Thursday, 4 April 2013

The infernal combustion engine

Apparently the first recorded car accident in Greece happened at 11.30am on Sunday, March 4, 1907. And the most recent could well be taking place while you read this posting or soon after or maybe just before. In other words driving in Greece presents certain hazards, to put it politely.

I'm not making this up. European Commission statistics show that Greece is riding high in the sort of top ten you really don't want to take part in. For deaths caused by road accidents in EU countries, Greece comes in fourth behind Lithuania, Romania and Poland. Road deaths are decreasing in Greece but still there are 92 road deaths per million population. (If you didn't know, Greece's population is just over 11 million.) Somehow it doesn't surprise me that the European countries with the lowest road deaths per million count are Sweden, the Netherlands and Denmark where there are 30 deaths per million caused by road accidents.

That first Greek road accident just over a century ago saw a 25-year-old woman pedestrian knocked down and killed in Athens by one or maybe two cars. There is some confusion because one of the cars was driven by a Government minister and the other by a member of the royal family and it has been suggested that a certain amount of "reputation management" went on. Be that as it may, in the wake of this accident it was reported that the Commander of the Police in Athens summoned all seven, yes seven, of the city's drivers and car owners for a bit of a talking to. Newspapers at the time commented that if seven cars could lead to this sort of tragedy what would happen "if seven became 70?" Such an innocent question.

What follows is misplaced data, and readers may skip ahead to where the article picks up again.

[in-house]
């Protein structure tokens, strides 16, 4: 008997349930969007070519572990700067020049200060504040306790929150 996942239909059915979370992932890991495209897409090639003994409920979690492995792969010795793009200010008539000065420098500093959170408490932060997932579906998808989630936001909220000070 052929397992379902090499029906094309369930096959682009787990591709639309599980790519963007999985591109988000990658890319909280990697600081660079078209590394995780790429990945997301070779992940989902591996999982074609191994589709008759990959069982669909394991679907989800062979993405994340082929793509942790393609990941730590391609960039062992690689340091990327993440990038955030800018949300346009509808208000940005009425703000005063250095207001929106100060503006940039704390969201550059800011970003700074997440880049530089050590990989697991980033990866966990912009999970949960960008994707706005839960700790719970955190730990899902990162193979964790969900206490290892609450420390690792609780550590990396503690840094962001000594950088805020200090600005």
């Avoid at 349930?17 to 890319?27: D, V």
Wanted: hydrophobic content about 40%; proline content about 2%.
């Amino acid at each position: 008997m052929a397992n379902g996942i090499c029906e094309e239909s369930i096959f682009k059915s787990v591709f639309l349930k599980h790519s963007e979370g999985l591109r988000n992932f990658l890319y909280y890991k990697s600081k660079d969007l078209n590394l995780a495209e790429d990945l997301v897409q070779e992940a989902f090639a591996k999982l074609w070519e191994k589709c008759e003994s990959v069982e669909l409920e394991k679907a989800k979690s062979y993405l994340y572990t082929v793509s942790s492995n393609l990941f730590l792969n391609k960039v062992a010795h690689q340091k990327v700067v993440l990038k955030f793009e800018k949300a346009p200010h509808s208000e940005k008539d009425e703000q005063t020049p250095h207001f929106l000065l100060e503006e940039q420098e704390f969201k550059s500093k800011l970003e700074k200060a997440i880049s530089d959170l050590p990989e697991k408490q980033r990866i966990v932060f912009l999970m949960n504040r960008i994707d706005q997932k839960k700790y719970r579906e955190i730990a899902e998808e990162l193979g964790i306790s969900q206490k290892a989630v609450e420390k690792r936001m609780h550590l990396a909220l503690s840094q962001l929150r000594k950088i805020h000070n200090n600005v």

The lamppost never stood a chance. Not the first car accident
in Greece, but a great picture.
As things stand, Greece is 13th in the world for car ownership per head of population with 624 cars (and car-like vehicles) per 1,000. Top is San Marino which has 1,263 cars per 1,000 people - what are they doing with all those cars? - Monaco is second with 863 cars per 1,000 and the USA is third with 797 per 1,000. The UK comes in 34th with 519 cars per 1,000. The UK figure has no real bearing but I put it because I am English and it's my blog (so there). I know statistics should always be handled carefully and the bright sparks among you may well question the validity of little San Marino's place at the top of the table, but even so what the figures do show is that there are a lot of people in Greece with cars.

All of this brings me to the thorny issue of driving in Greece. If you should never question a man's prowess in bed or behind the wheel then it's probably a safe bet that slagging off another country's driving standards is a bit of a no-no. But taking my lead from my former trade I don't make the news, I just report it. The following observations relate not just to car drivers but also to people on two-wheelers and are, of course, limited to the small island where I live. Also they are not necessarily meant in a critical way.

Coming from the UK where motorists are quite strictly policed, and I'm not getting in to an argument about the accuracy of that statement nor whether it is a good or bad thing, let's just take it as a given, it comes as something of a shock to see some of the activities of my fellow road users here on Skopelos. For a while I genuinely believed that there was no helmet law for riders of motorbikes and mopeds. When I saw someone wearing a crash helmet it did make me stare a bit. Later I was told helmets are compulsory, but the law is rarely, if ever, enforced. I have a theory this is something to do with deeply held Greek beliefs about freedom. Similarly it is against the law to use your mobile phone while driving, but guess what...?